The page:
Textbook Notes (368,122)
Canada (161,660)
Sociology (152)
SOCI 100 (54)


6 Pages
Unlock Document

SOCI 100
Keith Preston

SOCI 100- Textbook Notes! Ch.1  Introducing Sociology Sociology: the systematic study of social behaviour, or the study of society. Societies: the largest-scale human group, whose members interact with one another, share a common geographic territory, and share common institutions. Macrosociology: the study of social institutions (i.e. roman catholic church or marriage) and large social groups (ethnic minorities and college students) Microsociology: the study of the processes and patterns of personal interaction that take place among people within groups. Sociology imagination: an approach to sociology that situates the personal experiences of individuals within the societal context with these experiences occur Social institutions: one kind of social structure, made up of a number of relationships. People use institutions to achieve their intended goals, as students use schools, or patients use hospitals. Role: the expected pattern of interaction with others. Critical theory: - basic division between society’s “haves” and “have-nots” - Always about unequal distribution of power - Domination of one group by another (i.e. the bourgeoise (owners) vs. the proletariat (working class) - Also focuses on contending ‘status groups’ (i.e. men vs. women/ and ethnic groups)  struggles of domination Symbolic interactionism: - Focuses on small group interactions - Glue that holds people together in social relationships - Labelling theory -  interaction: the process, by which, and manner in which, social actors- people trying to meet each other’s expectations - Relate to each other, especially in face-to-face - Symbolic interactionism: sees a product of face-to-face interaction between people using symbols Feminist theories: - (sort of a branch from critical theory) focuses on relations of inequality- relations of dominance and subordination between men and women. - Gender based in equality make women’s lives different from mens. - Feminism is the view that domination of women is not a result of biological determination but is a result of socio-economic and ideological factors. - Uses both micro and macrosociology = stresses that personal lives political issues are intertwined. Postmodern theories: = an attack on modernism Modern functionalism: - Presents society as a set of interconnected elements that operate together to maintain the overall stability and efficiency of the society - Each part of society contributes to the whole and keeps it in equilibrium. CHAPTER SUMMARY: - 3 founding theoretical approaches that can/do coexist together: o Functional theory o Critical theory o Symbolic interactionism CH.2  Material Settings POPULATION Functionalism/ functional analysis: - It is concerned with the conditions that maintain social equilibrium and the dangers associated with losing equilibrium (i.e. war, famine, and epidemic) - EXAMPLE: Thomas Malthus (1798) regards to population issues food available vs. population o Positive checks  famine, wars, disease= prevents overpopulation o Preventative checks  abortion, infanticide, delayed marriage= prevent over population Demography: the study of human populations, their growth and decline through births, deaths and migration. Critical Theory: - Sociologists says: people in power take actions that benefit themselves the most and support theories that justify their actions - Arguments about ‘overpopulation’: problems poor countries face result not from overpopulation but from unfair distribution of the world’s wealth. o Improper land use, civil war, other social/ political factors - Modernization= balance of less deaths and less births - ZPG (zero population growth)= occurs when births are exactly balanced by deaths (population remains constant) URBAN LIFE Functionalism: - View social problems in the city as resulting naturally from growth and specialization. - Others (functionalists) focus on those tendencies of the city that promote social disorganization, weak social controls, and consequent deviance and distress - ‘they’ look at for universal laws of social development and for the ways that particular institutions or arrangements (cities) help society move to a new equilibrium, with a higher level of functioning. Critical theory: - Always ask whose interests are served by the actions of the dominant groups in society and their ideologies - Urban problems (homelessness/ poverty)= working of capitalism - Cities suffer urban problems because no powerful group is interested in preventing this - Economic inequality  unequal distribution of urban wealth and poverty Symbolic Interactionism: - Studies how people experience city life on an everyday basis - ‘they’ doubt that everyone in the same structural setting (i.e. cities) has the same experience. - Focuses on the meaning of life in different groups and subcultures. - Subcultures: ethnic groups, youth gangs, emos etc. ENVIRONMENT Functionalism: - Recognize everybody is implicated in the pollution of the environment - Several types of cultural ideologies: o (1) cornucopia view of nature: views nature as a storehouse of resources that only exists for the use of humans o (2) growth ethic (similar to materialism): celebrates, the imagined, ability of technology to easily solve all and any problems the world has. o (3) individualism: privileges personal goals and desires. Over co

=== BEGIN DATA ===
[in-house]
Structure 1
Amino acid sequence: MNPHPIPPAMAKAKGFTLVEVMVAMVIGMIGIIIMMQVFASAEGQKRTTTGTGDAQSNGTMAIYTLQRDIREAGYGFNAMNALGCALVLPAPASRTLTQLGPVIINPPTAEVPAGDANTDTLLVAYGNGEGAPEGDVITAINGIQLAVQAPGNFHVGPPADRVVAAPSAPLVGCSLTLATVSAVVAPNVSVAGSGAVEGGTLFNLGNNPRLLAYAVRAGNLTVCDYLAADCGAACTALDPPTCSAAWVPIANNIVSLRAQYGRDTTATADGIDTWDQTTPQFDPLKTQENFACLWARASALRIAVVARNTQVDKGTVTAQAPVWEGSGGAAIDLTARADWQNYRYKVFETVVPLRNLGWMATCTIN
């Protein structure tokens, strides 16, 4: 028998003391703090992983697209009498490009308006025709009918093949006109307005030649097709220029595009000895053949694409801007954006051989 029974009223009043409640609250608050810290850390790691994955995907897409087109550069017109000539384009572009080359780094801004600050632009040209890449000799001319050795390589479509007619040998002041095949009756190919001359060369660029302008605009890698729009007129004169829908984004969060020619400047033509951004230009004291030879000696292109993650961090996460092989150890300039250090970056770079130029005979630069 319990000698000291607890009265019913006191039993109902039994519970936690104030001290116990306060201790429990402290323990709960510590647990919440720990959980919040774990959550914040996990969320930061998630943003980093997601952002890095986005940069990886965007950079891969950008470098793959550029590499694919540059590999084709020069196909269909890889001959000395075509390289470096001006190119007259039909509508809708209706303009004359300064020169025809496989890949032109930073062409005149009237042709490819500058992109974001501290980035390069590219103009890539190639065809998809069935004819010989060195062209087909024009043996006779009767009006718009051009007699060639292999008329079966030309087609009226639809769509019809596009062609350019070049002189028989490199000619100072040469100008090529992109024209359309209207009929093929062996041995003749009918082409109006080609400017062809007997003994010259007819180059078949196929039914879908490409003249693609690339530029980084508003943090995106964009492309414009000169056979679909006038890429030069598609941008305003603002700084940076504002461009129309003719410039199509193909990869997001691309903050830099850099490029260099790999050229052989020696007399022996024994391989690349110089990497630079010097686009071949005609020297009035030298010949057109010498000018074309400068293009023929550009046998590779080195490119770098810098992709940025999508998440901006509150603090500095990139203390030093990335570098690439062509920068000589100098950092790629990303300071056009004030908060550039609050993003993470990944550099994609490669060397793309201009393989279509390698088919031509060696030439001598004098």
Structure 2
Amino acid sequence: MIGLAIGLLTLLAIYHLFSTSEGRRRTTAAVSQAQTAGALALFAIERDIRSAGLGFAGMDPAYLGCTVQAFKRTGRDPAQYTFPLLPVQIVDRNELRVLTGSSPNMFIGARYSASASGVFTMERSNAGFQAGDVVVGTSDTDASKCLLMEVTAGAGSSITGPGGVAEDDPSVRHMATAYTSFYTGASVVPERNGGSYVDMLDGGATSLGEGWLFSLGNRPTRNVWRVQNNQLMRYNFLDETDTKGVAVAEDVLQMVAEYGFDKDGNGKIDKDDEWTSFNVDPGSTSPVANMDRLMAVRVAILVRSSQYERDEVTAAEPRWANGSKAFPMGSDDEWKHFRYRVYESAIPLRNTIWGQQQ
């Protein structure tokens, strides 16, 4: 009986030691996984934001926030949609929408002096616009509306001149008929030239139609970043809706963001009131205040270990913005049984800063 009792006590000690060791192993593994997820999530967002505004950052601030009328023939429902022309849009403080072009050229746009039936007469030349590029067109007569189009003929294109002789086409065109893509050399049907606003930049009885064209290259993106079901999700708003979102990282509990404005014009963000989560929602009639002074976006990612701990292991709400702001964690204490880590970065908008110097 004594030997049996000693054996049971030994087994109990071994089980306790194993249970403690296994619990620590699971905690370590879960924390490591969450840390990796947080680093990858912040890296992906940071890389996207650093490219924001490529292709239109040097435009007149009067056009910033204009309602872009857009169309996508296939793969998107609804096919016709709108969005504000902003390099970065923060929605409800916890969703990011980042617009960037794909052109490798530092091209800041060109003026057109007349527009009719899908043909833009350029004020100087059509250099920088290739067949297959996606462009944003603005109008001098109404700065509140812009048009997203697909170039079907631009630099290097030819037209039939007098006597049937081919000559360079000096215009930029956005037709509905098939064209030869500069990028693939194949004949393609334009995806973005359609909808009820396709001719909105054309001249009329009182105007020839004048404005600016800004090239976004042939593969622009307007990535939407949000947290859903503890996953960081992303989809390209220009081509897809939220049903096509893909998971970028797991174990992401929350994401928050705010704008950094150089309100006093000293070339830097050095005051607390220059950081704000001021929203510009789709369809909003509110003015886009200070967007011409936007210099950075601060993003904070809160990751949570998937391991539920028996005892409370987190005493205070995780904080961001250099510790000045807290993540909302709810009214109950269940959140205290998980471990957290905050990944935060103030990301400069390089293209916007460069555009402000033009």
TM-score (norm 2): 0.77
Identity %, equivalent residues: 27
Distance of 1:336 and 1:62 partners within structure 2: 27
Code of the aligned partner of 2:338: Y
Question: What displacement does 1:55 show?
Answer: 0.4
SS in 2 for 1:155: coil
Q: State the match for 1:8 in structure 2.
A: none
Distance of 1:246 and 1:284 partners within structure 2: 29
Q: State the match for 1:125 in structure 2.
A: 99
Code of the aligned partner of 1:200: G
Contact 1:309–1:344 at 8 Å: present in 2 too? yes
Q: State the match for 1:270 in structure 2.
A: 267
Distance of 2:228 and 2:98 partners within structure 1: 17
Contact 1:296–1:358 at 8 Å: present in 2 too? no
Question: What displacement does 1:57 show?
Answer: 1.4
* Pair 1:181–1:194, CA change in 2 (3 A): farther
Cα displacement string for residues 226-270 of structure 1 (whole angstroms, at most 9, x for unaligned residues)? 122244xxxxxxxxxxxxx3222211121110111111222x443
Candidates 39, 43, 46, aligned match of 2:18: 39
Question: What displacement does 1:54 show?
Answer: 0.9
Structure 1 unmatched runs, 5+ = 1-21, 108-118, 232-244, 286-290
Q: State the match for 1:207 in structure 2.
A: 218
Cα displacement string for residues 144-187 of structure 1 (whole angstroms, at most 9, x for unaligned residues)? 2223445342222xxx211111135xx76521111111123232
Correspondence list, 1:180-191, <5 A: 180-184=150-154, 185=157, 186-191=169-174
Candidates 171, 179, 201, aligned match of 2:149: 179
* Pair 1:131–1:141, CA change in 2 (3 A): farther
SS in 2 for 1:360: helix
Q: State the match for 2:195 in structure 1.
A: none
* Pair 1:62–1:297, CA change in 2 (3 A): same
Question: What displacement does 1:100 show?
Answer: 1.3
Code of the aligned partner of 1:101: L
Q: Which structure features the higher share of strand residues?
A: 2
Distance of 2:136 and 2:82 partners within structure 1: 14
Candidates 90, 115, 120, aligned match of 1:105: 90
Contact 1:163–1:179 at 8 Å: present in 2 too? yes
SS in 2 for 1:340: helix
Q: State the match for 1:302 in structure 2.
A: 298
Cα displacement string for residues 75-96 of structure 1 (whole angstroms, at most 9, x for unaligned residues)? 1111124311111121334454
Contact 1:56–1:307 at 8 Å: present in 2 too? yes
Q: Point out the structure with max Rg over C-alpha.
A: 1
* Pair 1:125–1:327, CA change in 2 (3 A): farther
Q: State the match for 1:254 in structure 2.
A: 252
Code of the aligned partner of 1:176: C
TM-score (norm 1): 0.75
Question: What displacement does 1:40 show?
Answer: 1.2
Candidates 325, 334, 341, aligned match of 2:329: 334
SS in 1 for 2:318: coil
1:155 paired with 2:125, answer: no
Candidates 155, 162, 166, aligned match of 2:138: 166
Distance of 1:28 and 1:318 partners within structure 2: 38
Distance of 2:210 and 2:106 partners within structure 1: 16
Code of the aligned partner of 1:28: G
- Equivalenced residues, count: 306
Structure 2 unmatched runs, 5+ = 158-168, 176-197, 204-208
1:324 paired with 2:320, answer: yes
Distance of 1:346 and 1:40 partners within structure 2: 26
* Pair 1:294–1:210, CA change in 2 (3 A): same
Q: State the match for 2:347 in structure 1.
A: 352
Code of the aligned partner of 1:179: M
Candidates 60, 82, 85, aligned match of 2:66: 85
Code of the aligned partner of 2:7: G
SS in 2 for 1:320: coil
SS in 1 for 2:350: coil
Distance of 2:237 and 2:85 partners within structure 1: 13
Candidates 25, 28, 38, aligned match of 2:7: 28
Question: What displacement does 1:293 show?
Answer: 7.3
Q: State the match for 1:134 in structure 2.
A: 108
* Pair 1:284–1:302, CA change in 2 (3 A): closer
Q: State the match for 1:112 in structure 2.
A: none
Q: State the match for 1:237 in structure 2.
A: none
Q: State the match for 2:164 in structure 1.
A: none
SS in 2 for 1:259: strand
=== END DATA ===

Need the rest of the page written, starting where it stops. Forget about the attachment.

More Less

Related notes for SOCI 100

Log In


Join OneClass

Access over 10 million pages of study
documents for 1.3 million courses.

Sign up

Join to view


By registering, I agree to the Terms and Privacy Policies
Already have an account?
Just a few more details

So we can recommend you notes for your school.

Reset Password

Please enter below the email address you registered with and we will send you a link to reset your password.

Add your courses

Get notes from the top students in your class.